Weiner Cops to Twitter "Relationships," Says He Wanted To Protect Wife

What Women Really Think
June 6 2011 4:55 PM

Weiner Cops to Twitter "Relationships," Says He Wanted To Protect Wife

Jess, you might be right that Weiner’s best bet might have been to cop to the lone "crotch shot" and tell people to get on with their lives, a la Krystal Ball. We’ll never know, but what we do know is that he probably couldn’t have handled this situation more poorly . His claims of being hacked, followed by his weird admission that he couldn’t deny that the photo was of him, served only to drag this out and make it more prominent.

What struck me during his news conference this afternoon wherein he copped to the picture and said he wouldn’t resign, was that he did emulate the behavior of another Democratic politician caught up in a sex scandal:  John Edwards. Edwards’ defense in the case that he used campaign funds to conceal his affair with Reille Hunter is that he was really trying to protect his poor, sick wife, Elizabeth, from his infidelity. (Not a bad defense, when you think about it, but then, it’s impossible for any candidate to separate his personal and public lives when he flaunts his family so publicly as part of his image.) Weiner also said today that he was just trying to protect his wife when he was denying that the photos were of him.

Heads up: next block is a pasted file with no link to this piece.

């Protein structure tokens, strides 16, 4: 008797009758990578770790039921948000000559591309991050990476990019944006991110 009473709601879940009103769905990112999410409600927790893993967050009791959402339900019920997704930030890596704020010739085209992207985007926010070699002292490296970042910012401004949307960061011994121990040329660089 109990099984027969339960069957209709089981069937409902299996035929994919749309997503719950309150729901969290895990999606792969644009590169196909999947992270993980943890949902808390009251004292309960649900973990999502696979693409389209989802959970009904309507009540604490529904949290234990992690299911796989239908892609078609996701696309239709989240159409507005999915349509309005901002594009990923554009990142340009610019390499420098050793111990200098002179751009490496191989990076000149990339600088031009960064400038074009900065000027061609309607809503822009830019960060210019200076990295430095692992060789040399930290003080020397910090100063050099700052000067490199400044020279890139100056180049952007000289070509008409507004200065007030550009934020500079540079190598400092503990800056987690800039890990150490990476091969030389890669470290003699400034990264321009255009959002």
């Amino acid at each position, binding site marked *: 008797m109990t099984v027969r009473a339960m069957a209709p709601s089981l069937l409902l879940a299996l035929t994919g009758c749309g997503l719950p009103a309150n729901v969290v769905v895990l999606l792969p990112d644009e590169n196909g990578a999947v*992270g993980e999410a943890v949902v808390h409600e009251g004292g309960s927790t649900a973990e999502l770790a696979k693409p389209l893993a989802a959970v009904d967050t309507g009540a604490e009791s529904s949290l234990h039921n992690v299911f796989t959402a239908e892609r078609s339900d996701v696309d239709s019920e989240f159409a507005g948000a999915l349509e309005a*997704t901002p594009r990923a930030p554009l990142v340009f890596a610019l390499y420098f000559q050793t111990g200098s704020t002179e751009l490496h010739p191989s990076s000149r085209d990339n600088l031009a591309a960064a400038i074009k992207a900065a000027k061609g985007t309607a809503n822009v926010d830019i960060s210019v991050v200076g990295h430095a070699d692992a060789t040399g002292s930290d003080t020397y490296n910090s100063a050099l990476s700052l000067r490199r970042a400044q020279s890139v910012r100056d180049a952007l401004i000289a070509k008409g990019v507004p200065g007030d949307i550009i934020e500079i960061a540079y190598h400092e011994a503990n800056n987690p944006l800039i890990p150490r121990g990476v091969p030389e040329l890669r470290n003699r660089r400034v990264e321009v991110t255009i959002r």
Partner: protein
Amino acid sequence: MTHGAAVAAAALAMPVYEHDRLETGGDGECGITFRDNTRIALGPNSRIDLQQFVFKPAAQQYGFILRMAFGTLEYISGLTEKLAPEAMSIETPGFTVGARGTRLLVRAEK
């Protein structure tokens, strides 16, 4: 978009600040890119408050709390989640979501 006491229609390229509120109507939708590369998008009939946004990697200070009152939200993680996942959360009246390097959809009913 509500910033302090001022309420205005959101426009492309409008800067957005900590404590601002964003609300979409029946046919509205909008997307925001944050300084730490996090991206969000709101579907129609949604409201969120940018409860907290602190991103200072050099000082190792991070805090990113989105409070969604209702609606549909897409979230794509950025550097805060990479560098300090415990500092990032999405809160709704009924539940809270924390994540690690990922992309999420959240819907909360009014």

My guess is that Weiner will survive this. He seemed sincere and contrite. Plus, next week, some other politician will be caught soliciting sex in a bathroom or having an affair or fathering a "love child," or Sarah Palin will say something else stupid, and the media will go scurrying like a bunch of 4-year-olds after a soccer ball. Weiner will recede, except as the punch line to the occasional joke. And it’s a good thing, because Krystal Ball did have a point, as you mention, Jess. Twitter and Facebook are not going away. More photos will surface, resulting in more mini-scandals, and if everyone who gets caught resigns, we’ll not have anyone left to govern us.

But there is a lesson to be learned, and I hope that the next time someone gets caught, they won’t use the lame excuse that they are trying to protect their spouse. Men, especially high-profile men like Edwards and Weiner, should know that there is a much simpler and much better way to protect their wives from their tawdry behavior: Don’t engage in it in the first place.

Rachael Larimore is a Slate senior editor.



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